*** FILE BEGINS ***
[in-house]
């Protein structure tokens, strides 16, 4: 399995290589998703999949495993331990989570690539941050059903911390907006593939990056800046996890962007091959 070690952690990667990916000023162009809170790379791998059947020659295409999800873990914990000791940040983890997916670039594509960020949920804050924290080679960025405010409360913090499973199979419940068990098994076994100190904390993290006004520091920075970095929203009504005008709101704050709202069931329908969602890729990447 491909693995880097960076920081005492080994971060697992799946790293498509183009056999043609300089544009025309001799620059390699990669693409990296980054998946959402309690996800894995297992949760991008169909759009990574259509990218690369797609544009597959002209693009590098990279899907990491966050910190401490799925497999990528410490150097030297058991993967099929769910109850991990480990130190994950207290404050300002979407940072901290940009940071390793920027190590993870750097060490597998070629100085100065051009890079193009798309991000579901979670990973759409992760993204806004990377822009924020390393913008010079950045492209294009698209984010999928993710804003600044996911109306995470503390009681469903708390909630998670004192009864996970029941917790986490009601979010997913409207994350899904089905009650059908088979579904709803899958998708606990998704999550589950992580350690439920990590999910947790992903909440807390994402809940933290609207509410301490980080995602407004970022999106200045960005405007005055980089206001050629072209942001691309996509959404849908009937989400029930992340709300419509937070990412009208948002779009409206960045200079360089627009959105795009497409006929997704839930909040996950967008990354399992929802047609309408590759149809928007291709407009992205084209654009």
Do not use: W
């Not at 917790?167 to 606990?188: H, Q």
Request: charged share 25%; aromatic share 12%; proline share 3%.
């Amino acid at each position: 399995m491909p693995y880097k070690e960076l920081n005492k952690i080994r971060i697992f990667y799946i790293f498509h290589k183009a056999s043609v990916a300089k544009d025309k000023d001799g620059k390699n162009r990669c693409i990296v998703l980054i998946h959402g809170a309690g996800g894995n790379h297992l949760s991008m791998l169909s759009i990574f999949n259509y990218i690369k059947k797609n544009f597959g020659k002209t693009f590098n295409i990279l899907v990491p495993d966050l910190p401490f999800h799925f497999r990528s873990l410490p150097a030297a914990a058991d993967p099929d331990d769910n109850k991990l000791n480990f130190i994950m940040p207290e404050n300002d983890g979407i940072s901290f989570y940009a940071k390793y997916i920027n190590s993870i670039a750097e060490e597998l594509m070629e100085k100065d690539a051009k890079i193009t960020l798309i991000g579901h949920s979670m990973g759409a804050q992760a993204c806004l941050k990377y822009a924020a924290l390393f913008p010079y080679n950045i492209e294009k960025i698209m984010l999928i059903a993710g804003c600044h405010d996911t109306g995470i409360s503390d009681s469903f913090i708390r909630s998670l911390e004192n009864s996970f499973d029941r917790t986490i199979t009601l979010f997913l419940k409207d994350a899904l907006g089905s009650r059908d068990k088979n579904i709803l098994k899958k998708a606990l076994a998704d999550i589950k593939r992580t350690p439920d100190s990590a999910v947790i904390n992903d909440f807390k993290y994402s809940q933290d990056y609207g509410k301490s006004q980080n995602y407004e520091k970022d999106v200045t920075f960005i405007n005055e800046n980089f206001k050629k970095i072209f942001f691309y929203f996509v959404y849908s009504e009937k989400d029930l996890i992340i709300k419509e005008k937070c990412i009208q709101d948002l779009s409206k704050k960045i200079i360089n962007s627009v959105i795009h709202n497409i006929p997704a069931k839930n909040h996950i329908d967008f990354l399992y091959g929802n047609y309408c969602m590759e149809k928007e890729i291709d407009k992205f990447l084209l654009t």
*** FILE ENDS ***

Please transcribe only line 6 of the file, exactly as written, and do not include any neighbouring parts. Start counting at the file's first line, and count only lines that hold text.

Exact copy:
């Amino acid at each position: 399995m491909p693995y880097k070690e960076l920081n005492k952690i080994r971060i697992f990667y799946i790293f498509h290589k183009a056999s043609v990916a300089k544009d025309k000023d001799g620059k390699n162009r990669c693409i990296v998703l980054i998946h959402g809170a309690g996800g894995n790379h297992l949760s991008m791998l169909s759009i990574f999949n259509y990218i690369k059947k797609n544009f597959g020659k002209t693009f590098n295409i990279l899907v990491p495993d966050l910190p401490f999800h799925f497999r990528s873990l410490p150097a030297a914990a058991d993967p099929d331990d769910n109850k991990l000791n480990f130190i994950m940040p207290e404050n300002d983890g979407i940072s901290f989570y940009a940071k390793y997916i920027n190590s993870i670039a750097e060490e597998l594509m070629e100085k100065d690539a051009k890079i193009t960020l798309i991000g579901h949920s979670m990973g759409a804050q992760a993204c806004l941050k990377y822009a924020a924290l390393f913008p010079y080679n950045i492209e294009k960025i698209m984010l999928i059903a993710g804003c600044h405010d996911t109306g995470i409360s503390d009681s469903f913090i708390r909630s998670l911390e004192n009864s996970f499973d029941r917790t986490i199979t009601l979010f997913l419940k409207d994350a899904l907006g089905s009650r059908d068990k088979n579904i709803l098994k899958k998708a606990l076994a998704d999550i589950k593939r992580t350690p439920d100190s990590a999910v947790i904390n992903d909440f807390k993290y994402s809940q933290d990056y609207g509410k301490s006004q980080n995602y407004e520091k970022d999106v200045t920075f960005i405007n005055e800046n980089f206001k050629k970095i072209f942001f691309y929203f996509v959404y849908s009504e009937k989400d029930l996890i992340i709300k419509e005008k937070c990412i009208q709101d948002l779009s409206k704050k960045i200079i360089n962007s627009v959105i795009h709202n497409i006929p997704a069931k839930n909040h996950i329908d967008f990354l399992y091959g929802n047609y309408c969602m590759e149809k928007e890729i291709d407009k992205f990447l084209l654009t």